If you are planning to use a stove inside a contained area (say a tent) learn about the dangers of carbon monoxide. There is a six part series Stoves, Tents, Carbon Monoxide which provides a deep dive into this topic (summary: use a Colman Xtreme stove, or a canister stove with side burners like the Snowpeak GS-100).
Canister stoves seem to be the most popular stove among backpackers. For most of this section we will discuss stoves that use the standard Lindal-valve. Smaller canister stoves are reasonable light (stove + empty canister 7oz), easy to start, easy to use, don’t tend to flair up, simmer well, burns clean, and are more fuel efficient that other options. They operate well in three season conditions (in colder conditions, say <40F keep the canister in your pocket and/or sleeping bag).
The downside of canister stoves are most canisters don’t function well in sub-zero conditions, many have sub-standard performance in wind, it is hard to get additional canisters in some locations, and the fuel is expensive. It’s a pain not to know how much fuel is in the canister. You can shake it (imprecise) or check it’s weight (not practical on the trail). Finally, there is the question what to do with partial canisters, though something like the GasSaver lets you transfer fuel between canisters.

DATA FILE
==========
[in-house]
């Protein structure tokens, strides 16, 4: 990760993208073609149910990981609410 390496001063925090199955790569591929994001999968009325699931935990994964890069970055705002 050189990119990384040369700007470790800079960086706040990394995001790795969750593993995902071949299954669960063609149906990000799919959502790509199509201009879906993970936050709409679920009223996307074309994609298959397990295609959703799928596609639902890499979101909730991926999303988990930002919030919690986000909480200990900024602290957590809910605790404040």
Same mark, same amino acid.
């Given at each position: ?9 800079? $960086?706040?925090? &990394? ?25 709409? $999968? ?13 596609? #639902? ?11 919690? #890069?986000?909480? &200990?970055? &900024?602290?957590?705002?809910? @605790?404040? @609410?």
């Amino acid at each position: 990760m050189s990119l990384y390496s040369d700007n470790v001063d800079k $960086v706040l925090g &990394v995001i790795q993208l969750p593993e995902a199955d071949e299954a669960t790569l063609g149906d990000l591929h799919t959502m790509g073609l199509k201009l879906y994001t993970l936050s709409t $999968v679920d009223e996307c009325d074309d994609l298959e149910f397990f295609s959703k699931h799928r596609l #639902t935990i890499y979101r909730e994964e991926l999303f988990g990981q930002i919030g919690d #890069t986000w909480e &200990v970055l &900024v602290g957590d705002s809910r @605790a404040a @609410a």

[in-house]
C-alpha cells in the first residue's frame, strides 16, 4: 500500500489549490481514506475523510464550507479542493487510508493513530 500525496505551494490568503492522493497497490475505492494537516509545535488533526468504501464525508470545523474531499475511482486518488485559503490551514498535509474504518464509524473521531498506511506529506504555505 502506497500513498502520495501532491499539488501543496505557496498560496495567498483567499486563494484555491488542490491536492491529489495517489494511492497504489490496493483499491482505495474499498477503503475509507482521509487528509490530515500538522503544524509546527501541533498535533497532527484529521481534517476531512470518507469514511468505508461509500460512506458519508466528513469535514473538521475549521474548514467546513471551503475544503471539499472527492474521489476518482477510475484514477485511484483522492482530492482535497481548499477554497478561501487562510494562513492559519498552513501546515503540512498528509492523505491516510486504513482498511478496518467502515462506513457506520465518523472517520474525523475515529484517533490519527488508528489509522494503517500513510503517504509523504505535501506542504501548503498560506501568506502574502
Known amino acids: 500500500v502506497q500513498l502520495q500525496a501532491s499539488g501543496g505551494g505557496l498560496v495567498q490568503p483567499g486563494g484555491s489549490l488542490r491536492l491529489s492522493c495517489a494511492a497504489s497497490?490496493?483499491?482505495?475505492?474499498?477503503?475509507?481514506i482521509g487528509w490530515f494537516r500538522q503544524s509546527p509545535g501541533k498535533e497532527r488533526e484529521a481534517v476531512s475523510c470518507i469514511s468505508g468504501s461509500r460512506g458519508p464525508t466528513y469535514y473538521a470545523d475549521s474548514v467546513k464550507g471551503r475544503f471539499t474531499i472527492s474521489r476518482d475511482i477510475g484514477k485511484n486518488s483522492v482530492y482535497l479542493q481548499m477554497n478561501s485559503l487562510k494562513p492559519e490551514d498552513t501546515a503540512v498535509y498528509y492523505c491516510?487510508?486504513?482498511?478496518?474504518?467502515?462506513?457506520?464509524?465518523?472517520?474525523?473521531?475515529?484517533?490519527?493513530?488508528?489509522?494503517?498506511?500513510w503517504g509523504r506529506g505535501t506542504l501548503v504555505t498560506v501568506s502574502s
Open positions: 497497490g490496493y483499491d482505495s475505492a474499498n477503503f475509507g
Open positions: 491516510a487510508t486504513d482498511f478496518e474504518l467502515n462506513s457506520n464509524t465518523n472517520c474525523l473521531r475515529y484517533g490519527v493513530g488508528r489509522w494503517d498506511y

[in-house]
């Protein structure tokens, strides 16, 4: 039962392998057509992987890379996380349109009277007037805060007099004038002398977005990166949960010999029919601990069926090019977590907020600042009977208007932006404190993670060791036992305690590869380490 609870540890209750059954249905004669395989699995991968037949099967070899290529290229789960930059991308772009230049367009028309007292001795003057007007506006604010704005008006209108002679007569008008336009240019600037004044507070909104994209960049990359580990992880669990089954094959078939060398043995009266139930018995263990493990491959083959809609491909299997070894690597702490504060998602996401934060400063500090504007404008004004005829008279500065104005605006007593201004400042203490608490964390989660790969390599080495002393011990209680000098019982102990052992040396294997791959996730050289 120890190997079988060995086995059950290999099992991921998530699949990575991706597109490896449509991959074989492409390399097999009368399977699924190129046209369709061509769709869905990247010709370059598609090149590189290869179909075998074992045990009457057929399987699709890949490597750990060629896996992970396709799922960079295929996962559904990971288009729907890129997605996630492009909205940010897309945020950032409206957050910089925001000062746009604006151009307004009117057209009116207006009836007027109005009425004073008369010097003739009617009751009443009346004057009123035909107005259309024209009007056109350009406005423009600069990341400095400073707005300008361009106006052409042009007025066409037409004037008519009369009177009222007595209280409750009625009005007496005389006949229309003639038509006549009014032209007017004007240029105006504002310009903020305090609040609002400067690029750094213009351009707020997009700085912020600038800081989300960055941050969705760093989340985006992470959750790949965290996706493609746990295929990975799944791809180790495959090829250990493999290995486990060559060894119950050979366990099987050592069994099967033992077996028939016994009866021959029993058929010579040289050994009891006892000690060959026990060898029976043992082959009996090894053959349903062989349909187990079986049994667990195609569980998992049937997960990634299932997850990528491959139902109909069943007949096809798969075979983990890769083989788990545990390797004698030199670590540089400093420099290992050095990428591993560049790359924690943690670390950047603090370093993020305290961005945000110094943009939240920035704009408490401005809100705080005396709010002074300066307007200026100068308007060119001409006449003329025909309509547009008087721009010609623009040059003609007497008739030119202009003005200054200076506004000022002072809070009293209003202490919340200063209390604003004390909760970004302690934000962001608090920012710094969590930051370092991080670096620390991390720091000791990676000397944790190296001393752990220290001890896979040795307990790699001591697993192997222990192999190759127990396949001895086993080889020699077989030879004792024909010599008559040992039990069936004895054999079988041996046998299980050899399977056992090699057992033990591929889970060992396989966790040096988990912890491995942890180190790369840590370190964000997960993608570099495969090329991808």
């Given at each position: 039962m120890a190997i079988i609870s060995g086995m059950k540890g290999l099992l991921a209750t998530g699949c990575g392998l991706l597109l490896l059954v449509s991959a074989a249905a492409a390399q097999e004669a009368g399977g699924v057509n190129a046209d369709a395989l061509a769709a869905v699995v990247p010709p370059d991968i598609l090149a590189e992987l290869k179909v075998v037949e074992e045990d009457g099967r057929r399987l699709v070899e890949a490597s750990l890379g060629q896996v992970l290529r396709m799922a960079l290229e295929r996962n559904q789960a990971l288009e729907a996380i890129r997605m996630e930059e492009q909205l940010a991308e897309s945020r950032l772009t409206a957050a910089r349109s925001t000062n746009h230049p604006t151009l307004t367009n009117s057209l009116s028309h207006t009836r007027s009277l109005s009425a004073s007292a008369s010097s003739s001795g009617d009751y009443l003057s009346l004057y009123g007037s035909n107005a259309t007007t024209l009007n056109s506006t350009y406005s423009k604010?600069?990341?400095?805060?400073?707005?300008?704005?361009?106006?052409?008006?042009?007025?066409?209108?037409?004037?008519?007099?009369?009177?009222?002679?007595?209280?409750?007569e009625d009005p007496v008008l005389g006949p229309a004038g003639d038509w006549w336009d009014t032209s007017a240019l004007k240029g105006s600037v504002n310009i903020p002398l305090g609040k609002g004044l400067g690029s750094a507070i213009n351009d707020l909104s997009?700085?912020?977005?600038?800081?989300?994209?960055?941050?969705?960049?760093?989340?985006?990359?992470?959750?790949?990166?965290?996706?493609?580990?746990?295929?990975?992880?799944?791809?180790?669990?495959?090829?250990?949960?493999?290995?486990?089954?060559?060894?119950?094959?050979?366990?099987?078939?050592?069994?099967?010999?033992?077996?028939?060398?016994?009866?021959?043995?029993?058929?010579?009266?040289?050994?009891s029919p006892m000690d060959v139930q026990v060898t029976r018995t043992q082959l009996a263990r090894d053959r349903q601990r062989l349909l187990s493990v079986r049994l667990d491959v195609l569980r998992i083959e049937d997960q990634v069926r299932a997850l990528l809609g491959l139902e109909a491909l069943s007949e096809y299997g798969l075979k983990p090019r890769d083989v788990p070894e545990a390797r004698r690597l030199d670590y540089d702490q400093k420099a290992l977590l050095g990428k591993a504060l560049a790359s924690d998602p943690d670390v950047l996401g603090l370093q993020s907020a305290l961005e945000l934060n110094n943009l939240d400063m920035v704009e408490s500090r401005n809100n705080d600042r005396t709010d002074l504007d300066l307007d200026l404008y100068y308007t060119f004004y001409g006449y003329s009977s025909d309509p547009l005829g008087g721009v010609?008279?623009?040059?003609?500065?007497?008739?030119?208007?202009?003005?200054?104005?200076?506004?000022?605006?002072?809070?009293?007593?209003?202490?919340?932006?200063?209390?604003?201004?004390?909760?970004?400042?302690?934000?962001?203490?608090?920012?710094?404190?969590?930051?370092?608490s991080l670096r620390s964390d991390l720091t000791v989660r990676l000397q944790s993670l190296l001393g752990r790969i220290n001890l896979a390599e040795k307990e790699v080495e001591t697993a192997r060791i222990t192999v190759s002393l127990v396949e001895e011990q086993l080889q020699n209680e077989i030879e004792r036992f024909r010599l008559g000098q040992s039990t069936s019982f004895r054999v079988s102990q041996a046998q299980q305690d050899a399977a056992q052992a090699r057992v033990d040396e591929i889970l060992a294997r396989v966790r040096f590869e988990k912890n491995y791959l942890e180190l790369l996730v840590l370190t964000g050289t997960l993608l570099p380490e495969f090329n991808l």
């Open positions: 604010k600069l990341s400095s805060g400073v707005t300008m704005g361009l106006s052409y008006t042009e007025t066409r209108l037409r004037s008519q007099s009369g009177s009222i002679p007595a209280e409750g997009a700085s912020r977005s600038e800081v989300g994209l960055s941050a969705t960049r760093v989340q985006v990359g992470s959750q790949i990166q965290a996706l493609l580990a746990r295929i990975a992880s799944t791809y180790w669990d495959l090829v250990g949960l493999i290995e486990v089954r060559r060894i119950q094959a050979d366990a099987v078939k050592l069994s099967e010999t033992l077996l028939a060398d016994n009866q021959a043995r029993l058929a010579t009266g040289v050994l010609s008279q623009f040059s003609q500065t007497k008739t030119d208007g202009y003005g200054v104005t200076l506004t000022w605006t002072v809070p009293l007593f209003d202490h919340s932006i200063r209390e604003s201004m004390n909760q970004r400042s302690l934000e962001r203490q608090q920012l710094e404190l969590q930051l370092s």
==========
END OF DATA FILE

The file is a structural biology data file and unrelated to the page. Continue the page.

Altitude does not significantly impact the performance of the canister stoves except pizo-electric starters tend to have problem above 10k ft… use a match or a flint based sparker. I don’t think canister availability should be an issue unless you are on trip which doesn’t have reliable re-supply ever couple of weeks.
I have used a Snow Peak GigaPower Stove (my review) since 2001. I like this stove because it is light, compact, and has four support arms which I have found to be more stable than most of the three arm mini stoves. The GigaPower also produces less carbon monoxide than most stoves. Today the The MSR Pocket Rocket II is considered to be one of the best mini butane stoves on the market.
Kovea Spider weights 2-3x more than the typical “top of the canister” stove, but those extra 3-4oz give a lot in return. It is significantly more effective in sub-freezing conditions. The fuel line pre-heats the fuel insuring that all your fuel will be usable. It’s also more stable with larger pots and can be used with a windshield without danger of overheating the canister.